WSU fruit breeders will name their latest variety of apple after a natural phenomenon: the sunrise.

The new partnership between WSU researchers and Proprietary Variety Management (PVM) expects to give the Sunrise Magic major commercial success.

PVM is an organization that helps fruit-breeding teams assimilate their new varieties into the marketplace through marketing operations.

Cristy Warnock, operations manager at PVM, coordinated and observed two focus groups in Spokane and Seattle. The light, blush color reminded participants of a pleasant sunrise at an orchard, Warnock said.

“It is mild and refreshing,” Warnock said. “It would be a light way to get a fresh start to your day.”

The entire development of the brand took just over a year, Warnock said.

Albert Tsui, technology transfer coordinator for the College of Agricultural, Human, and Natural Resource Sciences (CAHNRS), said the Sunrise Magic is currently growing in nurseries in Wenatchee, Washington. It is expected to reach the shelves of local grocery outlets in less than two years, Tsui said.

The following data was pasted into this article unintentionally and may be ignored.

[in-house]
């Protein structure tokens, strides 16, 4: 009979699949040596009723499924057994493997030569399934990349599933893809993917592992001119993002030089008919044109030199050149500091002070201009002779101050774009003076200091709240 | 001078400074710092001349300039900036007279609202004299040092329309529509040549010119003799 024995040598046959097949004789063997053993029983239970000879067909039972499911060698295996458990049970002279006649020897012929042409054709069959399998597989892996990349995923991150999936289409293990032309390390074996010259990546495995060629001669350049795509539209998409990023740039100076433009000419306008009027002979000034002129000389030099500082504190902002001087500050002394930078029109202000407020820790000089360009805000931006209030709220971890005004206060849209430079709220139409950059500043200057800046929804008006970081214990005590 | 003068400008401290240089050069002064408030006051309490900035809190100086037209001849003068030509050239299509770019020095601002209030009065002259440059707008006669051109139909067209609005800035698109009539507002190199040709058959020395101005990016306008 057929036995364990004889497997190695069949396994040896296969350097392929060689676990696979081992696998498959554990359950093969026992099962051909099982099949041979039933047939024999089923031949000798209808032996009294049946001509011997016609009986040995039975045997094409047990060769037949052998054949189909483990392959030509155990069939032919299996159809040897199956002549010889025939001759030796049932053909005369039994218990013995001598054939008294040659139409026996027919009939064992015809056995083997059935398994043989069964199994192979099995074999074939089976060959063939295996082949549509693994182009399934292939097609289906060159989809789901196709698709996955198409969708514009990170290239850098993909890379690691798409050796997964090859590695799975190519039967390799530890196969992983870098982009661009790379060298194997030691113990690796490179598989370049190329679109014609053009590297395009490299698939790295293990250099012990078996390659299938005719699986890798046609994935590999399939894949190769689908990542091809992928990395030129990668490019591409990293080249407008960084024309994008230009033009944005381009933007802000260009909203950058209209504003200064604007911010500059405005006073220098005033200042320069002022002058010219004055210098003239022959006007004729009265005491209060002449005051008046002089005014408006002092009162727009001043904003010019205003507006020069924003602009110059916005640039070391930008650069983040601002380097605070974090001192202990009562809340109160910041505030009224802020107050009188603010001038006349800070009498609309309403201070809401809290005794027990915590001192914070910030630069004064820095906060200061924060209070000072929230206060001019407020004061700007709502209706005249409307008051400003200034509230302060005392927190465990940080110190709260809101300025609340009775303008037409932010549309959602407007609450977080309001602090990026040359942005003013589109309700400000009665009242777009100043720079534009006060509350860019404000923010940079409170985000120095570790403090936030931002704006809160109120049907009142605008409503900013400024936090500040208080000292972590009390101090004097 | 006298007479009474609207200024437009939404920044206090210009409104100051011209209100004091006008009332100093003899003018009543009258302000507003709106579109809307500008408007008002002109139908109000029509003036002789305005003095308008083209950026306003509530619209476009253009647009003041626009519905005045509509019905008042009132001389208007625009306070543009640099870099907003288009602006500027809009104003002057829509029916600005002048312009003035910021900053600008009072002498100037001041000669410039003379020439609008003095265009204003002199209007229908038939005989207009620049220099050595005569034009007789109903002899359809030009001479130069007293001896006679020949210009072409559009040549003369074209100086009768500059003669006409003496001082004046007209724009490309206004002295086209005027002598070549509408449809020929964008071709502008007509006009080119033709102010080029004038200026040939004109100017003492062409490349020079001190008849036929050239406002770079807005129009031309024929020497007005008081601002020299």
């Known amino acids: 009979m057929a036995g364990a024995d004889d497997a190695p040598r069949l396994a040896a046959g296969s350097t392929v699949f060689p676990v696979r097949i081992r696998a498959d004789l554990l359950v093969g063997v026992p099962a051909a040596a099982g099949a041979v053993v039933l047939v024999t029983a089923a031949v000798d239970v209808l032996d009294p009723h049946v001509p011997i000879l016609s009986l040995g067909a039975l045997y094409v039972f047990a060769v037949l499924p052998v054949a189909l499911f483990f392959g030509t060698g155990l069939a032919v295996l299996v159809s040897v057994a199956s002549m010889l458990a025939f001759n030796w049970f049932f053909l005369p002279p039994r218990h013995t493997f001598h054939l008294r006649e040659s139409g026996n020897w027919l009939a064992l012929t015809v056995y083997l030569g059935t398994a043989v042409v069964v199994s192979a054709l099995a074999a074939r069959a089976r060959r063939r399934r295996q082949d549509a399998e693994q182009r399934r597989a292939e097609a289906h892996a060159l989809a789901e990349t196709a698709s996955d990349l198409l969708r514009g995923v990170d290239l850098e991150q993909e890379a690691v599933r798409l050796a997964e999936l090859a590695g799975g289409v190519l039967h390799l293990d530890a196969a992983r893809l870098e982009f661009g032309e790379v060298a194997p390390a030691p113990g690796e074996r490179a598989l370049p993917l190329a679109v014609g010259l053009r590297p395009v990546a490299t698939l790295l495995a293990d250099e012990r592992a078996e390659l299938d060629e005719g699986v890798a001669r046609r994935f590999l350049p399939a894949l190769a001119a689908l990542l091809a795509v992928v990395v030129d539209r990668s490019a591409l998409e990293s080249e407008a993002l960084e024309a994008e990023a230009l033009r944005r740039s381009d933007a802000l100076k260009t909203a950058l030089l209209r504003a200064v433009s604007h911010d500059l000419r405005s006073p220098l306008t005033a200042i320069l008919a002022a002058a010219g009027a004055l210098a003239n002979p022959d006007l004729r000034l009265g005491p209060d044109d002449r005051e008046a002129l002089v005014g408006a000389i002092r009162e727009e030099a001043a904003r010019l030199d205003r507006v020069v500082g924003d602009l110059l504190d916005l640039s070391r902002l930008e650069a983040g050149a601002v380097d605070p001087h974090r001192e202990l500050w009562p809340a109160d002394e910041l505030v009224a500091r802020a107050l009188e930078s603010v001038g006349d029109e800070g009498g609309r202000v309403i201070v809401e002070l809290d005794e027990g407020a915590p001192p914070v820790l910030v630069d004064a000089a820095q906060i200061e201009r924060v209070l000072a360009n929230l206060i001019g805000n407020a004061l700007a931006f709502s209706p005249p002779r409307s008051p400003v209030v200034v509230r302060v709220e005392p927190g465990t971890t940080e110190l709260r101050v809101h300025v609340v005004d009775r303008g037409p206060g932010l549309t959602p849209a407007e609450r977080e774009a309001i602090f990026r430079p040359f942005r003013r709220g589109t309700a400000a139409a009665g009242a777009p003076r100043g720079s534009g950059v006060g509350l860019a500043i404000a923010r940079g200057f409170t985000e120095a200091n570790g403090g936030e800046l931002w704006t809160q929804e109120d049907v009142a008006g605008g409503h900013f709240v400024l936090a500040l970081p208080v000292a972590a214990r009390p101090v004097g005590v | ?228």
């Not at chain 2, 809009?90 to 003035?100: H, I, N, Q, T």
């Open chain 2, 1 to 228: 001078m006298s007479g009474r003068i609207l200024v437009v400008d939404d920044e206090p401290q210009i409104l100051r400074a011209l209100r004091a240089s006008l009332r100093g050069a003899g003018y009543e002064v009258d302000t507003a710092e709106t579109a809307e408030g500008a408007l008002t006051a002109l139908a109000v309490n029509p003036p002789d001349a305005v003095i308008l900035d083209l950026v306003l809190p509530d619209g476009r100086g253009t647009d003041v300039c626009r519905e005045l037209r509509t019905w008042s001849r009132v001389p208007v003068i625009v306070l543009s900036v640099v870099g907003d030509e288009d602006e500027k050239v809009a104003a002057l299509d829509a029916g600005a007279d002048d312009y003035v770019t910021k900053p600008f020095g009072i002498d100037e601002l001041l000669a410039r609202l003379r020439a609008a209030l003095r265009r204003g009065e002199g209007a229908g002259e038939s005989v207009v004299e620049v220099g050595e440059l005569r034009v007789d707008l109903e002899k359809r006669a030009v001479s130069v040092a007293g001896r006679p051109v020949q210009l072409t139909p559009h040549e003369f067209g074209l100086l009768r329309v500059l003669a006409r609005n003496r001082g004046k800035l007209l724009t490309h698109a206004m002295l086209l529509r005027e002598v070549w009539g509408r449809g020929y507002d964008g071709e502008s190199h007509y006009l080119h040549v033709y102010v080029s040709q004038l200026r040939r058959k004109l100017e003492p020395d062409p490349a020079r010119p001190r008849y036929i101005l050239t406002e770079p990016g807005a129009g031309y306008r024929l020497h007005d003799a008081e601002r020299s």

Tsui said the goal of the marketing strategy is to commercialize the variety. This variety of apple is especially crisp and has longer shelf life than most apples, Tsui said.

WSU horticulture researcher Bruce H. Barritt invented the Sunrise Magic, formally known as the WA 2. Barritt was also involved in the recently developed “Cosmic Crisp” apple.

According to Barritt’s research publication, the WA 2 is a crossbreed between Splendour and Gala apples, both of which have reached great commercial success.

Barritt’s publication said the WA 2 seed was collected in 1994 from the fruit of a Splendour tree. In September 1995, a bud from the seedling reached “M9 rootstock,” an early stage in apple tree development, and the young tree was relocated to an evaluation orchard.

“It is a very long process,” Tsui said. “Apple breeding takes a minimum of a decade.”

Sunrise Magic is distinct from commercially grown apples, like Fuji and Gala, in that it has more balanced levels of sugar and acidity, Barritt’s publication said. This gives the apple outstanding texture.

According to Barritt’s publication, second generation WA 2 trees were planted near Washington cities Chelan, Wenatchee and Basin City. The trees were found to be essentially similar to the originally budded tree.

Article by Forrest Holt, The Daily Evergreen